Skinned knees

As children grow up there comes that inevitable day when they ask their parents for a bicycle, or rollerblades, or ice skates. In considering this the parent is always very aware that these activities, while fun and exhilarating, invariably lead to skinned knees, grazed elbows, bumps, bruises, and sometimes even broken bones.

Some few parents react by denying the request. They think it better to deny the pleasure than to risk the pain. They are not willing to take the chance of their precious child being hurt. They would rather cocoon their child than have to see them in pain even for a while.

Others, aware of the potential pain, allow the activity believing that the suffering will make the child “grow up” or “become a man”.  There is no real love here, but rather a hard “realism” about the nature of life.

Then there are those parents who accept that accidents will happen but who prepare for them: they lay in bandages and ointment and stand ready with hugs and sympathy.

Most of us, I expect, would consider the first type to be, at best, killjoys, and the second as cold and unloving. Given the choice, we would choose the third kind as our parents. We want to be able to experience life, but we also want to know that healing and comfort are close at hand.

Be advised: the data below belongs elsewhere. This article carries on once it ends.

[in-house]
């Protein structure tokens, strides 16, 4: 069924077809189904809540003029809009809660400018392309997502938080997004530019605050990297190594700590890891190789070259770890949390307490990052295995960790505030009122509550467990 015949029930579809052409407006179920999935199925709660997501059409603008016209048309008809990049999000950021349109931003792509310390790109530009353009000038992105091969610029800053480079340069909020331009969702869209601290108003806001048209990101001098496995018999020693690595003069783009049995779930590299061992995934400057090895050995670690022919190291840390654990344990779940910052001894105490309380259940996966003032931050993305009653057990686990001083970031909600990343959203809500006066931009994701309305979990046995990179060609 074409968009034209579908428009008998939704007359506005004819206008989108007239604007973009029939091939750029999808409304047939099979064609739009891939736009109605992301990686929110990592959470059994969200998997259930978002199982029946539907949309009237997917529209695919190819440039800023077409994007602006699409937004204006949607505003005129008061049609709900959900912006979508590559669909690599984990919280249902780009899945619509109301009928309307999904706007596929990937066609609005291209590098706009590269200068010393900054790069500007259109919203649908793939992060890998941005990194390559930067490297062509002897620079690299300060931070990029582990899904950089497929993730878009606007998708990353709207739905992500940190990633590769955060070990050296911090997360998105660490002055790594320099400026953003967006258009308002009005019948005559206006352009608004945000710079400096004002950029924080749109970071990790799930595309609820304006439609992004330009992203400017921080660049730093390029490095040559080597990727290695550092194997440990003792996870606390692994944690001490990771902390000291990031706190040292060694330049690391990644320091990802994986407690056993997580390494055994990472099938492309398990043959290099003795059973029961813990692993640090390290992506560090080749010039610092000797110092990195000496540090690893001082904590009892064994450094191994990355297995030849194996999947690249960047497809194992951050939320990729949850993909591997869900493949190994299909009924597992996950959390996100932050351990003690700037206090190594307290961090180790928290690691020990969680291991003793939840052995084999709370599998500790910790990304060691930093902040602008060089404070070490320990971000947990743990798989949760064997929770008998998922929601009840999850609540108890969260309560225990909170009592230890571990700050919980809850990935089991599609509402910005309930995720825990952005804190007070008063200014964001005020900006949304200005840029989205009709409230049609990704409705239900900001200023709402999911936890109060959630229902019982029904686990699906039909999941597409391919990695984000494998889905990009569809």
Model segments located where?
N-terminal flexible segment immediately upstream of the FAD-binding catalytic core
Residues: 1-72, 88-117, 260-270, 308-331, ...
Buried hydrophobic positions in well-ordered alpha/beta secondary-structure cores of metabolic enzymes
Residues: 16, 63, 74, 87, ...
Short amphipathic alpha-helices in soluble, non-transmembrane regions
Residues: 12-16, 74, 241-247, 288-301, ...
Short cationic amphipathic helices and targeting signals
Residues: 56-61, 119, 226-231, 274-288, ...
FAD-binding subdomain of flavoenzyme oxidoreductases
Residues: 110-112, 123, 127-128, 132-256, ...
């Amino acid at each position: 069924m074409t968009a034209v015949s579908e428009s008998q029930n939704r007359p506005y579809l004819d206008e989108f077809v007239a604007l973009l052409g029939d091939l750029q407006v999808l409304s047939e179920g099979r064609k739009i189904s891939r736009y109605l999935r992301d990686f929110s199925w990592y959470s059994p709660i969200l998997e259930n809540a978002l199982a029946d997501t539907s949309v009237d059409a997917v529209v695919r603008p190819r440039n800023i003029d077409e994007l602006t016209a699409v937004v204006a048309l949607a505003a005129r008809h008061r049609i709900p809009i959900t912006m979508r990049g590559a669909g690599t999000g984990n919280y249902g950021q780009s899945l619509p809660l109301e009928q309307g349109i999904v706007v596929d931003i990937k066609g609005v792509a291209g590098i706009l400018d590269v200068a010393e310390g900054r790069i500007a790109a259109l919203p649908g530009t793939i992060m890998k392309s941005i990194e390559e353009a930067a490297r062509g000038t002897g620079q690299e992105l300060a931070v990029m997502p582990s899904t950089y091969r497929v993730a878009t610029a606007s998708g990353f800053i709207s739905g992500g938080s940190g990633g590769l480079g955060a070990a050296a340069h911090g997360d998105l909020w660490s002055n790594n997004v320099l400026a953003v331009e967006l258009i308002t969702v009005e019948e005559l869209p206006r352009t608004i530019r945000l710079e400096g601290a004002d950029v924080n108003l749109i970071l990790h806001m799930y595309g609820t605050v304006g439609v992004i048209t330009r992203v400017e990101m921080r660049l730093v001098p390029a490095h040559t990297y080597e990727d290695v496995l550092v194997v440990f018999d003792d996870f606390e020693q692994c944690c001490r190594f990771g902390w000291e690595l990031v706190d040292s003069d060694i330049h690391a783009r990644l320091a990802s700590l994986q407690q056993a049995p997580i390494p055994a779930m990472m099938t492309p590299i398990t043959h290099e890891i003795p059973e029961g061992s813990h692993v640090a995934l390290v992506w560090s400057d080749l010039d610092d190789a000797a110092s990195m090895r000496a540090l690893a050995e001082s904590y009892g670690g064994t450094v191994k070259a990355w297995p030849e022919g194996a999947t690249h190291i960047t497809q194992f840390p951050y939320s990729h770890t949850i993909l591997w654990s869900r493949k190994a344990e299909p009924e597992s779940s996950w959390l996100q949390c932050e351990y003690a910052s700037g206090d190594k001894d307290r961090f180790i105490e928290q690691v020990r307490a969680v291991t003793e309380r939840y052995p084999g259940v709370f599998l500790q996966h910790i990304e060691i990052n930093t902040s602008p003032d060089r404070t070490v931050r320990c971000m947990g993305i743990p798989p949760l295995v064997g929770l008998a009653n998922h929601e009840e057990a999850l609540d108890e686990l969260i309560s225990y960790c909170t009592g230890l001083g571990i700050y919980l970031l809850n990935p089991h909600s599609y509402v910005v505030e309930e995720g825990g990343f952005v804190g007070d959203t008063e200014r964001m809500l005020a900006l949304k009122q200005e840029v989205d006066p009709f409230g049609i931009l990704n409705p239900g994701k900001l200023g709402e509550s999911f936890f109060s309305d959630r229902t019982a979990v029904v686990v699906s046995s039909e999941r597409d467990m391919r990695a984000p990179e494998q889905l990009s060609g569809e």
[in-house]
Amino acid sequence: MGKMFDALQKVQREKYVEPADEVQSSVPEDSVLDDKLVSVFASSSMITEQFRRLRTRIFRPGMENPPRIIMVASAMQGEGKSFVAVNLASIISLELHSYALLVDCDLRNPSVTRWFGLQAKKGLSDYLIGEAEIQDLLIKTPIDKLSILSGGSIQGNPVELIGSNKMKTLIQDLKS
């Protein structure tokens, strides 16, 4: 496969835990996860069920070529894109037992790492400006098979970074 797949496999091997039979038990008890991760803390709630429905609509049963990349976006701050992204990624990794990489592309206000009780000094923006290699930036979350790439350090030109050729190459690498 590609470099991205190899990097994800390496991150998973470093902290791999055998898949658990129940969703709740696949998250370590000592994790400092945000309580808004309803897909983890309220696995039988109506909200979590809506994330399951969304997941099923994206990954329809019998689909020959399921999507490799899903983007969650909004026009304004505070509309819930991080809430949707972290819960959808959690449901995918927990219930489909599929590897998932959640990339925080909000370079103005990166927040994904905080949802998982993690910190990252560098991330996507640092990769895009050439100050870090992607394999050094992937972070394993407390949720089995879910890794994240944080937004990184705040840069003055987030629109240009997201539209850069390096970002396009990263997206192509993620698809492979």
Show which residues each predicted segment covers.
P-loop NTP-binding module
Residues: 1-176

Which makes it all the odder that when life hurts us we accuse God (or deny Him) for not being that first kind of parent. “How could a loving God allow…?” we ask. Maybe others have hurt us, perhaps seriously, so we tell God it would be a better world if such things could not happen. God, fortunately, is not such a killjoy. He knew of the probability of pain, but thought that the benefits—love, joy, happiness—were worth the risk.

Nor is He like the second sort of parent. Deists may believe that god set the universe up and then left us to our own devises, but that is not the god we Christians know.

No, instead, knowing the possible (inevitable) pain, God prepared the remedy: He sent Jesus. In Jesus, God not only made the ointment that can heal our hurts, He also experienced the hurts Himself! Now, when He opens His arms to offer us hugs and sympathy, we can know it is real because He really does understand—He skinned his own knees.

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